Correlation between milk and dairy product consumption and multiple sclerosis prevalence: a worldwide study

Neuroepidemiology. 1992;11(4-6):304-12. doi: 10.1159/000110946.


Multiple sclerosis (MS) epidemiology suggests that different factors are involved in the clinical expression of the disease. Alimentary cofactors have already been considered, but mainly theoretically. We have studied the relationship between MS prevalence and dairy product consumption in 27 countries and 29 populations all over the world, with Spearman's correlation test. A good correlation between liquid cow milk and MS prevalence (rho = 0.836) was found; this correlation was highly significant (p < 0.001). A low but still significant correlation was obtained with cream or butter consumption (rho = 0.619 and rho = 0.504, respectively). No correlation was found for cheese. These results suggest that liquid cow milk could contain factor(s) - no longer present in the processed milk - influencing the clinical appearance of MS. The possible role of some dairy by-products is discussed in the light of a multifactorial etiology of MS.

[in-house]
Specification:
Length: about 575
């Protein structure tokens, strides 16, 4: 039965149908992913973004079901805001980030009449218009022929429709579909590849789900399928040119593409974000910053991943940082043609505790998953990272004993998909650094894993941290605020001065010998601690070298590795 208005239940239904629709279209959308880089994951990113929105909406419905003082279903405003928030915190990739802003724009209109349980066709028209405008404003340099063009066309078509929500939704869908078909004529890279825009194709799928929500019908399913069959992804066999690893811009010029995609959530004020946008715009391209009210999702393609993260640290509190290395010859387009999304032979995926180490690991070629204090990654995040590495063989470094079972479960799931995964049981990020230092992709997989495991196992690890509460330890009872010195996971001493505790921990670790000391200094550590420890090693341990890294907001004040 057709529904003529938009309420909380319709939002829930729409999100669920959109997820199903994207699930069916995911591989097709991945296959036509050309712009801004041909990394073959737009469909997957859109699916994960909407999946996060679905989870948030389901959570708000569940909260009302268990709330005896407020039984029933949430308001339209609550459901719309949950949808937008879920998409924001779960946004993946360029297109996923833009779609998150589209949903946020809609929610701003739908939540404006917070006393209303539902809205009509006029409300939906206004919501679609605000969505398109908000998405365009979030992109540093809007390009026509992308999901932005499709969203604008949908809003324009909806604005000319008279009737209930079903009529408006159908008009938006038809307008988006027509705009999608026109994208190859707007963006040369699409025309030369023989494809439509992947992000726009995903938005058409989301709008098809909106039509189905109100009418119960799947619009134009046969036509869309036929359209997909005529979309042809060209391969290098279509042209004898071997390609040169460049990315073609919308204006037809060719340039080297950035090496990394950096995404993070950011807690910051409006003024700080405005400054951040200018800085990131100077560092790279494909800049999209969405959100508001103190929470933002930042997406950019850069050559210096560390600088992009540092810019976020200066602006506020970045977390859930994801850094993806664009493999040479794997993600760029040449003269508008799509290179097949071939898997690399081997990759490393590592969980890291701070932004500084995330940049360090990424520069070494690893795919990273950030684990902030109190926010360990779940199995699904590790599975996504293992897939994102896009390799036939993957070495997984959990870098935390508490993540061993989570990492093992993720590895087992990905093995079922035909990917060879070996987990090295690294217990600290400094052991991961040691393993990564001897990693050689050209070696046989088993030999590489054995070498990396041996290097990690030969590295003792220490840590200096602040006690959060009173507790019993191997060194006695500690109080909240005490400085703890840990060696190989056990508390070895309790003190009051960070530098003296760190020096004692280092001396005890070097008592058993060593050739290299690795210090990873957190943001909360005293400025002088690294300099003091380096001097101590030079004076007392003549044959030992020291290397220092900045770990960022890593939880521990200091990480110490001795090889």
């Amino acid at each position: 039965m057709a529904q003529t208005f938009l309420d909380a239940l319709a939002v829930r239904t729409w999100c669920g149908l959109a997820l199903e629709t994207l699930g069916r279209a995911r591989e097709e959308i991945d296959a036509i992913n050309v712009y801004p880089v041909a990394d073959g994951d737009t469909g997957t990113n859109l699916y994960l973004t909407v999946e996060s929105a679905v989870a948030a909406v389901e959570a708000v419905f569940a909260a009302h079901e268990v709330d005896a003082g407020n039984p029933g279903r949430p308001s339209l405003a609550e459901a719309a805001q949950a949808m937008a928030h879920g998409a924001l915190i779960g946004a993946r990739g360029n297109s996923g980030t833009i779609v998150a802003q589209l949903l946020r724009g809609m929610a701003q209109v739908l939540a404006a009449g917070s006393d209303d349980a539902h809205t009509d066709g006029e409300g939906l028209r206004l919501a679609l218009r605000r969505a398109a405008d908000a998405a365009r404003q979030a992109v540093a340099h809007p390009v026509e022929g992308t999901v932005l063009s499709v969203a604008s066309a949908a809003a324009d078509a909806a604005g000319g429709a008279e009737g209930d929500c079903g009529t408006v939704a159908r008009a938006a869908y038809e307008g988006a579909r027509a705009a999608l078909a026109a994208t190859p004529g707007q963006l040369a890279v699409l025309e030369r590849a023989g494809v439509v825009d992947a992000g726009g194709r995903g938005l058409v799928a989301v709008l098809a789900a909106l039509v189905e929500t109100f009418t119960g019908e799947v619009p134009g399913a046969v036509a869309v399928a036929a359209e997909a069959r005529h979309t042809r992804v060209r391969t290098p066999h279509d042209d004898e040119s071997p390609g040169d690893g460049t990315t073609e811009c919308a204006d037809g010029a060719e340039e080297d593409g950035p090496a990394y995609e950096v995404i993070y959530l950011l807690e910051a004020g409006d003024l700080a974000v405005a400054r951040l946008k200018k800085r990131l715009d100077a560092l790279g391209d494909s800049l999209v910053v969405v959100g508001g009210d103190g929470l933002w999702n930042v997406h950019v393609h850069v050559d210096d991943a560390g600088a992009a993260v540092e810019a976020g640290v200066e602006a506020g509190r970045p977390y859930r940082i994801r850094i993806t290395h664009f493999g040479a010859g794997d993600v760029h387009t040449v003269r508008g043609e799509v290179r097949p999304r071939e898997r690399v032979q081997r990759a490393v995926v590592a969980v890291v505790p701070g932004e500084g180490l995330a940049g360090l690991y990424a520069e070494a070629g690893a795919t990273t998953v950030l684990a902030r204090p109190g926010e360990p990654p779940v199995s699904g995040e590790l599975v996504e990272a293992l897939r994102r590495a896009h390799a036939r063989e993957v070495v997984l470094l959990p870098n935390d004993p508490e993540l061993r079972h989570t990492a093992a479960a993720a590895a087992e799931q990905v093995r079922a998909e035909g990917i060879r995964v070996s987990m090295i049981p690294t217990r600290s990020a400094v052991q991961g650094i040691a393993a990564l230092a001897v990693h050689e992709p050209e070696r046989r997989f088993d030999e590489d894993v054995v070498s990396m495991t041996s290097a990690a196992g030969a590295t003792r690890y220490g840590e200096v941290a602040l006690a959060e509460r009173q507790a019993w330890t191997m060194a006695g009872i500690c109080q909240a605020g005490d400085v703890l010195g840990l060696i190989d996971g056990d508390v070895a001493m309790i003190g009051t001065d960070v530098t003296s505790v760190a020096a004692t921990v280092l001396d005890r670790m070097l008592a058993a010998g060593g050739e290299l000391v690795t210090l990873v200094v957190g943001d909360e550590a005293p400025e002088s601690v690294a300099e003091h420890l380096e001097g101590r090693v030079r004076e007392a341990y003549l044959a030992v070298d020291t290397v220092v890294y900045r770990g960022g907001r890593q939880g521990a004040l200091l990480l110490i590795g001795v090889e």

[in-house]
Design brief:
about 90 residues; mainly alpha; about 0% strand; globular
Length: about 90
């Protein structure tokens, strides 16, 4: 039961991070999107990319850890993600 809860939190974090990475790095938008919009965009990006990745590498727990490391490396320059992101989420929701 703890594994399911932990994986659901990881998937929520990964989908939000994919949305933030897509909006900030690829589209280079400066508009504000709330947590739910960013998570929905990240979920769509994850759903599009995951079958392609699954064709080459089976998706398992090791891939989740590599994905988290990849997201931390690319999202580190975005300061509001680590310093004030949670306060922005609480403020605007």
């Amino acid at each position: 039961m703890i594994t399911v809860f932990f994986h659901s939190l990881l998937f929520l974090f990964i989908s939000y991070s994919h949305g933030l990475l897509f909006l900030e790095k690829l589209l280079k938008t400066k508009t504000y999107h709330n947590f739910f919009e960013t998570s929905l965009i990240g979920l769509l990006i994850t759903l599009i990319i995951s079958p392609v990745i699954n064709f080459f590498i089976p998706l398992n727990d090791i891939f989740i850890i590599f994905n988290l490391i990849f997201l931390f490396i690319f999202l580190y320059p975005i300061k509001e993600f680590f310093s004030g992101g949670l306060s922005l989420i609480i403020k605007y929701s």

Publication types

  • Comparative Study

MeSH terms

  • Animals
  • Causality
  • Cross-Cultural Comparison*
  • Dairy Products / adverse effects*
  • Feeding Behavior*
  • Humans
  • Milk / adverse effects*
  • Multiple Sclerosis / epidemiology
  • Multiple Sclerosis / etiology*
  • Risk Factors
  • Slow Virus Diseases / epidemiology
  • Slow Virus Diseases / etiology